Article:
The financial services market is sky-rocketing – and there’s no turning back. The market has been reshaped by the COVID-19 pandemic, and demand for digital financial services is surging.
The demand isn't going to wane in a post-COVID world, either. So what does it take to get ahead of the competition and to invest in the future?
Boosting your brand identity
Consumers are much more savvy these days when it comes to inauthentic brand communications – if your brand comes across as ingenuous, you’ll likely feel the fallout. Why would you want to pull the wool over your potential customers' eyes in the first place?
Whatever decisions you make for your brand and the communications you put out, it has to come from a genuine place. The trust of your prospects must be earned.
One of the best ways you can earn that trust from your audience is through social media marketing.
So we’ve highlighted the key questions to ask yourself to make sure your social media marketing is on point.
1. Are you listening?
Think about what your target audience is thinking about and talking about – to find out, you’ll need to tune in to social media.
A lot of major world events are affecting consumers currently – what reassurances do they need from brands like yours to convince them that you're helping them through it all?
Make time to listen actively every day. The things you observe will help you to develop accurate buyer personas for the people who need your product or services. This in turn will help you develop the kind of messaging you need.
Listening to your audience also helps you gain their trust. Let's look at Monzo, for example.
Their campaign for "radical transparency" has been a huge success. By listening to customer feedback, primarily on social media channels, they were able to openly admit to mistakes they had made and publicly commit to fixing them.
Monzo publishes everything from internal emails and comms to their annual income report, so that their customers believe in their transparency, which translates into respect for their customers.
This enabled them to make history with one of the biggest crowdfunding campaigns ever, raising nearly £20 million from their supporters.
As of February 2020, Monzo now has 3.5 million active customers. Their success shows why listening to the market is so important.
2. Are you analysing?
If you’re collecting data in any shape or form, you need to have a plan for what you’re going to do with it.
There is no use having marketing automation software, analytics or heatmaps set up if you’re not analysing this data effectively.
But be aware of becoming data-dependent. It’s easy to allow the volume of data to become distracting – your marketing needs to show insight and communicate at a human level, not just tick demographic boxes.
3. Are you connecting?
Be critical about your communications. Are they relevant? Appropriate? Sensitive to the moment? Monitoring how your messaging lands is important to nailing your strategy.
But even more importantly, are your messages being received in the first place? The channels you choose are key.
Let's look at Starling Bank, for example.
They created a powerful Facebook campaign to highlight the mobile-only approach they have to banking and to encourage new users to the platform.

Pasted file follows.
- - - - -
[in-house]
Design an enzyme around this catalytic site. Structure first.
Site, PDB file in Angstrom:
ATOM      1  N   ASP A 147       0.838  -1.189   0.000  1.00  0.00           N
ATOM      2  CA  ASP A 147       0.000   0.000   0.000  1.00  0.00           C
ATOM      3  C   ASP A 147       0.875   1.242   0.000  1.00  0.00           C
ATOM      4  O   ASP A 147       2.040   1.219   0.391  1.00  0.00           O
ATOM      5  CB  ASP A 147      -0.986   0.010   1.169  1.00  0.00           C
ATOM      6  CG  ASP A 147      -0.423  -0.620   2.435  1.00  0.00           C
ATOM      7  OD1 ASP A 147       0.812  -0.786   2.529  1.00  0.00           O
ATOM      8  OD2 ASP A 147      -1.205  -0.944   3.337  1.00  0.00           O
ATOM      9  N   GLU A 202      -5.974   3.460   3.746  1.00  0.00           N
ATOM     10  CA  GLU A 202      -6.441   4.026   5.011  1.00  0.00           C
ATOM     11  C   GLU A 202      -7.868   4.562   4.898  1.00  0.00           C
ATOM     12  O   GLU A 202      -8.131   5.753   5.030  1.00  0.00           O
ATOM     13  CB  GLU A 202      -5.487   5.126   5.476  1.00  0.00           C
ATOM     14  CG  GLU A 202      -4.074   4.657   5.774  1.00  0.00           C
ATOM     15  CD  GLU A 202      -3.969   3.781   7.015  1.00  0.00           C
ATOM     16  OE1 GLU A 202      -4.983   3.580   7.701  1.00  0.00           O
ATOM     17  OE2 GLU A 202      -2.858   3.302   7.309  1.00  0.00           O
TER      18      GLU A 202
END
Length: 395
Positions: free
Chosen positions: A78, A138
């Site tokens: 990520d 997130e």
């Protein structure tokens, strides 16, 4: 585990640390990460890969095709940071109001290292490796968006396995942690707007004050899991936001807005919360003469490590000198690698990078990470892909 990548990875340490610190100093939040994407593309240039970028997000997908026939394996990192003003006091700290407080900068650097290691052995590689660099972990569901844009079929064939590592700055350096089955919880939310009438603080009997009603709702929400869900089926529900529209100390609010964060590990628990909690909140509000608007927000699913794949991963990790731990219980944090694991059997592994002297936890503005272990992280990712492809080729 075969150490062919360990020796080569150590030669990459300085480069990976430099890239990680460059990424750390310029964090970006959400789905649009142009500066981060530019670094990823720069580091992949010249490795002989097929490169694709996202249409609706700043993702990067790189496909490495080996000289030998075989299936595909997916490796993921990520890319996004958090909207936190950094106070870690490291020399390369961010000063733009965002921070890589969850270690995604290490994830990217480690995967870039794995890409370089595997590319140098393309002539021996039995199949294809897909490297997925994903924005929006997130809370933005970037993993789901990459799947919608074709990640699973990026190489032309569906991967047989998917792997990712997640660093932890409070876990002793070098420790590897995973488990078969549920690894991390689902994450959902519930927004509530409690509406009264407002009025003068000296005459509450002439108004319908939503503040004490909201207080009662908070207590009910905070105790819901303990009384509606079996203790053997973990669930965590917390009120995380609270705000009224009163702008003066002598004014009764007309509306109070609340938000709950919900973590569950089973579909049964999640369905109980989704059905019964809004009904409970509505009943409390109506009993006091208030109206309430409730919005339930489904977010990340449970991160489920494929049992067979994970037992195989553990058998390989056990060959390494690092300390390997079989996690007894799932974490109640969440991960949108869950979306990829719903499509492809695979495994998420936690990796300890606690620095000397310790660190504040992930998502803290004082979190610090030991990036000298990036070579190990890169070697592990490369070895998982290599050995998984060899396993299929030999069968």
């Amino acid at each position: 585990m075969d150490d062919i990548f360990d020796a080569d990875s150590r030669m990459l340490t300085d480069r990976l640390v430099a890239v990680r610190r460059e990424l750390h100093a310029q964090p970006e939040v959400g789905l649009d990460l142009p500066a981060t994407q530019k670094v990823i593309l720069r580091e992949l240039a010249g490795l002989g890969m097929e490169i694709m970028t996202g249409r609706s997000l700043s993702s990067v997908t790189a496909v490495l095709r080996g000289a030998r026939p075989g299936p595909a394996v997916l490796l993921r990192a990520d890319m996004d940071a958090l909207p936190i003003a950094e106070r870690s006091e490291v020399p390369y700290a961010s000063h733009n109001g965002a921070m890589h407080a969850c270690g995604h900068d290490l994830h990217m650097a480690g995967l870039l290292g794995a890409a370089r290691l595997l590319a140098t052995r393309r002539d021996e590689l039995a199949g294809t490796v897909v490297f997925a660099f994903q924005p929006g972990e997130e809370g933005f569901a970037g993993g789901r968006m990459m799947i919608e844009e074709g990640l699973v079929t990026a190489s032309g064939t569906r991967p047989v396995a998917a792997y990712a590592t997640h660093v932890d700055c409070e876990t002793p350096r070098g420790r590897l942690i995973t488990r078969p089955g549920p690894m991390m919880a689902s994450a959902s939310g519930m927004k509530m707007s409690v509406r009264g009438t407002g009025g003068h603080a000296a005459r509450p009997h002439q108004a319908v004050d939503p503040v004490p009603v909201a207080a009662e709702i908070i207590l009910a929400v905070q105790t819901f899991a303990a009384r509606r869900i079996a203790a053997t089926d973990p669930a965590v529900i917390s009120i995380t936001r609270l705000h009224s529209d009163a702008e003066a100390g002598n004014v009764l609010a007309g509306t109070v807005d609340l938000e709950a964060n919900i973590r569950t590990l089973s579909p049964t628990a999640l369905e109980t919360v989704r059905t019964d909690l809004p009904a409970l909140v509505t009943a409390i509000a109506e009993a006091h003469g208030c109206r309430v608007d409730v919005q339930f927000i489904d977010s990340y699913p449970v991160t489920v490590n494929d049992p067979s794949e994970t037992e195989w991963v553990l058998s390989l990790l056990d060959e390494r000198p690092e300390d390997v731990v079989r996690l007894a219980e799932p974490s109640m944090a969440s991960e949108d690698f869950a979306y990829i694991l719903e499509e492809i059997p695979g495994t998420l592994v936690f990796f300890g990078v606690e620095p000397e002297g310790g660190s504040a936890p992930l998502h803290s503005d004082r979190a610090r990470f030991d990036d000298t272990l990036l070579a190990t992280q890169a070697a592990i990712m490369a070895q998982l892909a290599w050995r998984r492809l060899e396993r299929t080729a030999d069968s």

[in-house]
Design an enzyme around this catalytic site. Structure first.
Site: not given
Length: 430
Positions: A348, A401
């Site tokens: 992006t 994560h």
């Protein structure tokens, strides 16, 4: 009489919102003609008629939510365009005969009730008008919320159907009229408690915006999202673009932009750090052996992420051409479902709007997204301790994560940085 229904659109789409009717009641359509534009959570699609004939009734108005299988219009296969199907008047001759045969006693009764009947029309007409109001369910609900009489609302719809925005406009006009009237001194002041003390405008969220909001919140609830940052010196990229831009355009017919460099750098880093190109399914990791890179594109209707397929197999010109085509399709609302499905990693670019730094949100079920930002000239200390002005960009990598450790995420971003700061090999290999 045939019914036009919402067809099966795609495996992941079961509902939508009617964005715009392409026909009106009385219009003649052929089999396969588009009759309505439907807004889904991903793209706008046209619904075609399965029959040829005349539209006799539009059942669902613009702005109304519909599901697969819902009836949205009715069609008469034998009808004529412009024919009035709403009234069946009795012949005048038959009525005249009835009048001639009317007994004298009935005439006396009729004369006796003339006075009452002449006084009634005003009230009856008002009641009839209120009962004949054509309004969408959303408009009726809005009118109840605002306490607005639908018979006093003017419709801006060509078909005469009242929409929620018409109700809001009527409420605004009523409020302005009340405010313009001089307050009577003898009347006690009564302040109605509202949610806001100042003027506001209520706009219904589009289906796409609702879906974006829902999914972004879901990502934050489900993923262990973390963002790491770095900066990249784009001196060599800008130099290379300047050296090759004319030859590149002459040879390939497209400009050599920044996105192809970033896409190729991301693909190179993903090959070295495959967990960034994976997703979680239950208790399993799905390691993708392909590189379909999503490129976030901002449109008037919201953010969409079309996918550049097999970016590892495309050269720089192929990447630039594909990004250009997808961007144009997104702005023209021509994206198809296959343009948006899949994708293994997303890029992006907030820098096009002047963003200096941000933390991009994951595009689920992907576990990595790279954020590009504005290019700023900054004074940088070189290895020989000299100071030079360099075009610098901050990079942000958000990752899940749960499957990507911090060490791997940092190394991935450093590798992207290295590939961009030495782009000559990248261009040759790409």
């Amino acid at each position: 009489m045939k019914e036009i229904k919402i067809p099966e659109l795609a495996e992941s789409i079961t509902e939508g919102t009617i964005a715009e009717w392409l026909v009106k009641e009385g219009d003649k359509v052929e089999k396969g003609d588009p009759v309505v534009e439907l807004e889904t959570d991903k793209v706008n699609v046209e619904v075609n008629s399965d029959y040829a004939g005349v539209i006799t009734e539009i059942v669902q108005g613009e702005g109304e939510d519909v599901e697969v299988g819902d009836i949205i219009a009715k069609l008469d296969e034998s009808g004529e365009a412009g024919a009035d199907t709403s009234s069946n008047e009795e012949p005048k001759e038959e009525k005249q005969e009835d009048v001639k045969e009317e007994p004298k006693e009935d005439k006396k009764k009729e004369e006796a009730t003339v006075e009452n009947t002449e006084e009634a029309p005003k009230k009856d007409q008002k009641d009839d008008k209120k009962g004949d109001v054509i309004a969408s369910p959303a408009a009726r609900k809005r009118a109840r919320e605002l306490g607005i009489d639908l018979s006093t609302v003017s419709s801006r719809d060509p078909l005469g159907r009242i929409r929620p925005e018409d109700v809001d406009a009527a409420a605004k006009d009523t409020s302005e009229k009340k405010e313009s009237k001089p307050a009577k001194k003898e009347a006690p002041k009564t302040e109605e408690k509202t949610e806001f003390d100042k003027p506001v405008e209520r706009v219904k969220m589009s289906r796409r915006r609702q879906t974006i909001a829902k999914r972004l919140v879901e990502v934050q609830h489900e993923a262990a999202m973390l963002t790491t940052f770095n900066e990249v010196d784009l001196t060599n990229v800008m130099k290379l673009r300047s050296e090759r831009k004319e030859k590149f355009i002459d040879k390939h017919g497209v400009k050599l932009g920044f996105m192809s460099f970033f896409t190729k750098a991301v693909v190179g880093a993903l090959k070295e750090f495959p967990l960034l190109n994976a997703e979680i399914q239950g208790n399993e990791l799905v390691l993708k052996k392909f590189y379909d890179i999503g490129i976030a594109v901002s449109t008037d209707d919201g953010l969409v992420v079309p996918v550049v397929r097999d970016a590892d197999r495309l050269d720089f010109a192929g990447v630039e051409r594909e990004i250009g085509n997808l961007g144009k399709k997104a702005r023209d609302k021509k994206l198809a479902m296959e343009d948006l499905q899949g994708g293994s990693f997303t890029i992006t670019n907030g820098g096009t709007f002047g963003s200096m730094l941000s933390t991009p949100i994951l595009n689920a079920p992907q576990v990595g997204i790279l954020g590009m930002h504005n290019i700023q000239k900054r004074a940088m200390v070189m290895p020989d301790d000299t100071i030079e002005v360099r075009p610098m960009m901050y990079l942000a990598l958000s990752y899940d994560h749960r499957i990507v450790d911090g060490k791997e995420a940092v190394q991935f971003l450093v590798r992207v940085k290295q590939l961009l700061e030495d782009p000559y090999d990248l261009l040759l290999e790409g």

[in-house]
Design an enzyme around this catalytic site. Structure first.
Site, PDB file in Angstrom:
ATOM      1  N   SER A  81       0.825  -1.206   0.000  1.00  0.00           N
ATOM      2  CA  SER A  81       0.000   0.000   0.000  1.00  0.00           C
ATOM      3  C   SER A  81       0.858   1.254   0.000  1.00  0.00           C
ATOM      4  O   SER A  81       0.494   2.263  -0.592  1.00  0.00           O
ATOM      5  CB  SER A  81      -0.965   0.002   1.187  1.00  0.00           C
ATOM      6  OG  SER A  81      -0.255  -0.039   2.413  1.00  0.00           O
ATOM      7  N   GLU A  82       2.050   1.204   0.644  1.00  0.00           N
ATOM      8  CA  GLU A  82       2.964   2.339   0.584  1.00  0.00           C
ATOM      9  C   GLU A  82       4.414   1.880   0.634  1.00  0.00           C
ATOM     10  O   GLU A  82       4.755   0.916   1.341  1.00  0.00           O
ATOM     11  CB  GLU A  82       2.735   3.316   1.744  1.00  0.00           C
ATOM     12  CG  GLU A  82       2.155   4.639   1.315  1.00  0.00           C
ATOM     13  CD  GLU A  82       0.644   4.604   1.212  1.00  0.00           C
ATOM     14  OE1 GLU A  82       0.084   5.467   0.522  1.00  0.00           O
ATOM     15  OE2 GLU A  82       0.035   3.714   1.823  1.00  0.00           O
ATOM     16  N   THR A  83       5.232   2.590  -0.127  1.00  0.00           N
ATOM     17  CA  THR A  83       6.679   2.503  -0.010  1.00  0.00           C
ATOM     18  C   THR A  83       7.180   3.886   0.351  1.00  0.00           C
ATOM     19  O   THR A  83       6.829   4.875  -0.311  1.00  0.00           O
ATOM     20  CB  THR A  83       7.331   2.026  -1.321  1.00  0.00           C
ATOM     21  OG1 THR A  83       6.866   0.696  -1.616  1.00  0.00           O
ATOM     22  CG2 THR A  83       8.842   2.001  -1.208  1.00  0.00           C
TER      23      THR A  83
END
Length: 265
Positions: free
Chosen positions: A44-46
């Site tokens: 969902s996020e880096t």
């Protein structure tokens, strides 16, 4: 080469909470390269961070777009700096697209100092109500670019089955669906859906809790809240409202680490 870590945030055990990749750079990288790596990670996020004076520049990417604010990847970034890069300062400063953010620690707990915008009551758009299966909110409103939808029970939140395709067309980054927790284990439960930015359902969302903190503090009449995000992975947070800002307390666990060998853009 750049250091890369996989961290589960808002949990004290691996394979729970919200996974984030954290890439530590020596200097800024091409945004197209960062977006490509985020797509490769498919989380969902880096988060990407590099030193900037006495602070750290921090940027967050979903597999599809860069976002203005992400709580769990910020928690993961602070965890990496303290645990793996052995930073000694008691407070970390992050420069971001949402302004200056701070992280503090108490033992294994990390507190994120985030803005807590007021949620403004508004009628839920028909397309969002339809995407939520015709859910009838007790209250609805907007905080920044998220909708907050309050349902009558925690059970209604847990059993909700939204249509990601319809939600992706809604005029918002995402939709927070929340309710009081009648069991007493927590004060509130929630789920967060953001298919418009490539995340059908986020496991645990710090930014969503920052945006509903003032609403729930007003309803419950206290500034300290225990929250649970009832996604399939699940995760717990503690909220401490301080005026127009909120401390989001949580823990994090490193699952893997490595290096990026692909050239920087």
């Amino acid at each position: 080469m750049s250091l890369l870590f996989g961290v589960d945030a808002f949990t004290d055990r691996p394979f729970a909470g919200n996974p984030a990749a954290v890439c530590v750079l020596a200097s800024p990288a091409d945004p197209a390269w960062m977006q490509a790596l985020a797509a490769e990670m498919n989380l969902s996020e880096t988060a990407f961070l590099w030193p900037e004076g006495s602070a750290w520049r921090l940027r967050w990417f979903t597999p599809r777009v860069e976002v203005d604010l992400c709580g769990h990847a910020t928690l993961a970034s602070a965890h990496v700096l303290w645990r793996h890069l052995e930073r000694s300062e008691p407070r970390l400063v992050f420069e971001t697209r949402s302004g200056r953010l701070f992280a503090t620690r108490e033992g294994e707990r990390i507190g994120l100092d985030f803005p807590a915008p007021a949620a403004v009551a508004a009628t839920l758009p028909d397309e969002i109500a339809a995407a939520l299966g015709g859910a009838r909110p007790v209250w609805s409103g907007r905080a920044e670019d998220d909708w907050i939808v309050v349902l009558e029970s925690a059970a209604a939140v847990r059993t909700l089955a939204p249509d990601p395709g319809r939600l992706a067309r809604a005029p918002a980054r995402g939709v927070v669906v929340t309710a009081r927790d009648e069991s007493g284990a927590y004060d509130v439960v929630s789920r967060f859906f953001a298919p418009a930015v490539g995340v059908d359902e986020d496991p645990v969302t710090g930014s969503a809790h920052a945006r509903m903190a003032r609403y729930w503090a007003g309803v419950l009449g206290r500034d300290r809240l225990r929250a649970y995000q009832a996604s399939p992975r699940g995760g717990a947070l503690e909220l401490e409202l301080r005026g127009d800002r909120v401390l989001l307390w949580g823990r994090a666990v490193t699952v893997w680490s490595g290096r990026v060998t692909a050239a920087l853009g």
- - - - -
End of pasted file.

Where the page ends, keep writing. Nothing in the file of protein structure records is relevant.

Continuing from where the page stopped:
By using the Facebok SDK integration, they were able to gather insight on the consumers to ensure that they could accurately track the performance of various ad formats and use the most effective routes for different audiences.
The results speak for themselves - you can't argue with a 32% conversion rate on Facebook leads.
4. Are you measuring?
You have to keep track of what’s working and what isn’t. Investing in marketing automation makes this a lot easier – especially when you’re running multiple campaigns across multiple channels.
As things have changed considerably since the start of 2020, reset your benchmarks based on the last few months’ worth of data. Measure your activity against the new benchmarks to determine the success of your campaigns.
5. Are you advocating?
Your employees are so important for social media marketing. Your consumers prefer to interact with other people, not a “brand” which can feel impersonal even with the most clever messaging.
The fewer the barriers between your potential customers and the people who represent your brand, the better. Shine the spotlight on your employees as part of your marketing plan, and not only do you show you care about them by lifting them up, but you also create powerful brand advocates that your consumers can trust.
Influential advocates for your brand can also be extremely effective.
Yes, we're talking about Snoop Dogg on the BH&P blog again (check out our previous article about creative advertising during COVID-19).
After becoming the face of their media campaign, Snoop invested in Klarna to become a minority shareholder. His appearance and sponsorship of the brand helped to promote their services to an even wider audience.
Some companies go smaller-scale with the influencer marketing too. Take Revolut, for example.
Their "Revolut Pioneer" campaign saw the digital bank pay Instagram influencers and YouTube stars a fee to promote their app to their followers. They effectively created a mini army of influencers to embed the Revolut brand name into their audiences - these brand ambassadors are extremely effective for creating leads.